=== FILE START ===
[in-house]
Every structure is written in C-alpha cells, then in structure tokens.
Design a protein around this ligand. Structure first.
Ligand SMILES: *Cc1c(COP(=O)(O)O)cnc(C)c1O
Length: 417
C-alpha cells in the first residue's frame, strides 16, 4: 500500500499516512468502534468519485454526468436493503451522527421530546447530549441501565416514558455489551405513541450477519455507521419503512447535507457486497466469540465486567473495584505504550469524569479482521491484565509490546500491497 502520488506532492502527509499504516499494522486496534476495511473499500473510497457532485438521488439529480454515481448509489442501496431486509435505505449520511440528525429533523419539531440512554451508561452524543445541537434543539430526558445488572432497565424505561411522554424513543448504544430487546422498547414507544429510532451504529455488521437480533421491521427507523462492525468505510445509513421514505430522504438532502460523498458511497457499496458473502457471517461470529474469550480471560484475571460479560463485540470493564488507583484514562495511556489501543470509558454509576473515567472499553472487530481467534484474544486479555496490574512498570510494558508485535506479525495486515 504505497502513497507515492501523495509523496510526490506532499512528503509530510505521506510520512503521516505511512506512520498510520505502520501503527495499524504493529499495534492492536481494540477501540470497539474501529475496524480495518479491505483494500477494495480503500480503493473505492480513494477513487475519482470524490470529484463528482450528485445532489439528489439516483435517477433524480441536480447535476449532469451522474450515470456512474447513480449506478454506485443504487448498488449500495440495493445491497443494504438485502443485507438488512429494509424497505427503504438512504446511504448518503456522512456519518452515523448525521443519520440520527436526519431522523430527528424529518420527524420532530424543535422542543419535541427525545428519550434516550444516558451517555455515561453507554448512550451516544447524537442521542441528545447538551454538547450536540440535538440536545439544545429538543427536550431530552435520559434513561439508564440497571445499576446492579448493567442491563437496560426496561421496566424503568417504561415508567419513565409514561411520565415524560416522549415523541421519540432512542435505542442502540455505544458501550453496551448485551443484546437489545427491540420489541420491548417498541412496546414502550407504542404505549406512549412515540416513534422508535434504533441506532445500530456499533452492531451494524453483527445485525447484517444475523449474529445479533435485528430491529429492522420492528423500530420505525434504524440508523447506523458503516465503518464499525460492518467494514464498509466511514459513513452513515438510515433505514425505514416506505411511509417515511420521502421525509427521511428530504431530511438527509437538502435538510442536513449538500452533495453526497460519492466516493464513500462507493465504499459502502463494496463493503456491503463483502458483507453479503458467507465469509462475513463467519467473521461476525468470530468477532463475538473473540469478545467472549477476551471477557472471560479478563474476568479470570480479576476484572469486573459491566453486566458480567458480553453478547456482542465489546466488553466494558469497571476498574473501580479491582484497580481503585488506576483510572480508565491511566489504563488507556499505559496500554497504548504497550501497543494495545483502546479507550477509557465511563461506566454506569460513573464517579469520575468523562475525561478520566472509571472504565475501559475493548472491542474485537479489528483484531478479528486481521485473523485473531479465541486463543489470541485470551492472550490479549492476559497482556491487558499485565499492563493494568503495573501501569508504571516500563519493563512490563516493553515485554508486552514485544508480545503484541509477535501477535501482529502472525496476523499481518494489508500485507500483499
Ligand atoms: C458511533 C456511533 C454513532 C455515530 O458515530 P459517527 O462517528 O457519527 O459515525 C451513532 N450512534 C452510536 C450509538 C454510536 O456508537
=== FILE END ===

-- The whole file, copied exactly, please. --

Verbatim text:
[in-house]
Every structure is written in C-alpha cells, then in structure tokens.
Design a protein around this ligand. Structure first.
Ligand SMILES: *Cc1c(COP(=O)(O)O)cnc(C)c1O
Length: 417
C-alpha cells in the first residue's frame, strides 16, 4: 500500500499516512468502534468519485454526468436493503451522527421530546447530549441501565416514558455489551405513541450477519455507521419503512447535507457486497466469540465486567473495584505504550469524569479482521491484565509490546500491497 502520488506532492502527509499504516499494522486496534476495511473499500473510497457532485438521488439529480454515481448509489442501496431486509435505505449520511440528525429533523419539531440512554451508561452524543445541537434543539430526558445488572432497565424505561411522554424513543448504544430487546422498547414507544429510532451504529455488521437480533421491521427507523462492525468505510445509513421514505430522504438532502460523498458511497457499496458473502457471517461470529474469550480471560484475571460479560463485540470493564488507583484514562495511556489501543470509558454509576473515567472499553472487530481467534484474544486479555496490574512498570510494558508485535506479525495486515 504505497502513497507515492501523495509523496510526490506532499512528503509530510505521506510520512503521516505511512506512520498510520505502520501503527495499524504493529499495534492492536481494540477501540470497539474501529475496524480495518479491505483494500477494495480503500480503493473505492480513494477513487475519482470524490470529484463528482450528485445532489439528489439516483435517477433524480441536480447535476449532469451522474450515470456512474447513480449506478454506485443504487448498488449500495440495493445491497443494504438485502443485507438488512429494509424497505427503504438512504446511504448518503456522512456519518452515523448525521443519520440520527436526519431522523430527528424529518420527524420532530424543535422542543419535541427525545428519550434516550444516558451517555455515561453507554448512550451516544447524537442521542441528545447538551454538547450536540440535538440536545439544545429538543427536550431530552435520559434513561439508564440497571445499576446492579448493567442491563437496560426496561421496566424503568417504561415508567419513565409514561411520565415524560416522549415523541421519540432512542435505542442502540455505544458501550453496551448485551443484546437489545427491540420489541420491548417498541412496546414502550407504542404505549406512549412515540416513534422508535434504533441506532445500530456499533452492531451494524453483527445485525447484517444475523449474529445479533435485528430491529429492522420492528423500530420505525434504524440508523447506523458503516465503518464499525460492518467494514464498509466511514459513513452513515438510515433505514425505514416506505411511509417515511420521502421525509427521511428530504431530511438527509437538502435538510442536513449538500452533495453526497460519492466516493464513500462507493465504499459502502463494496463493503456491503463483502458483507453479503458467507465469509462475513463467519467473521461476525468470530468477532463475538473473540469478545467472549477476551471477557472471560479478563474476568479470570480479576476484572469486573459491566453486566458480567458480553453478547456482542465489546466488553466494558469497571476498574473501580479491582484497580481503585488506576483510572480508565491511566489504563488507556499505559496500554497504548504497550501497543494495545483502546479507550477509557465511563461506566454506569460513573464517579469520575468523562475525561478520566472509571472504565475501559475493548472491542474485537479489528483484531478479528486481521485473523485473531479465541486463543489470541485470551492472550490479549492476559497482556491487558499485565499492563493494568503495573501501569508504571516500563519493563512490563516493553515485554508486552514485544508480545503484541509477535501477535501482529502472525496476523499481518494489508500485507500483499
Ligand atoms: C458511533 C456511533 C454513532 C455515530 O458515530 P459517527 O462517528 O457519527 O459515525 C451513532 N450512534 C452510536 C450509538 C454510536 O456508537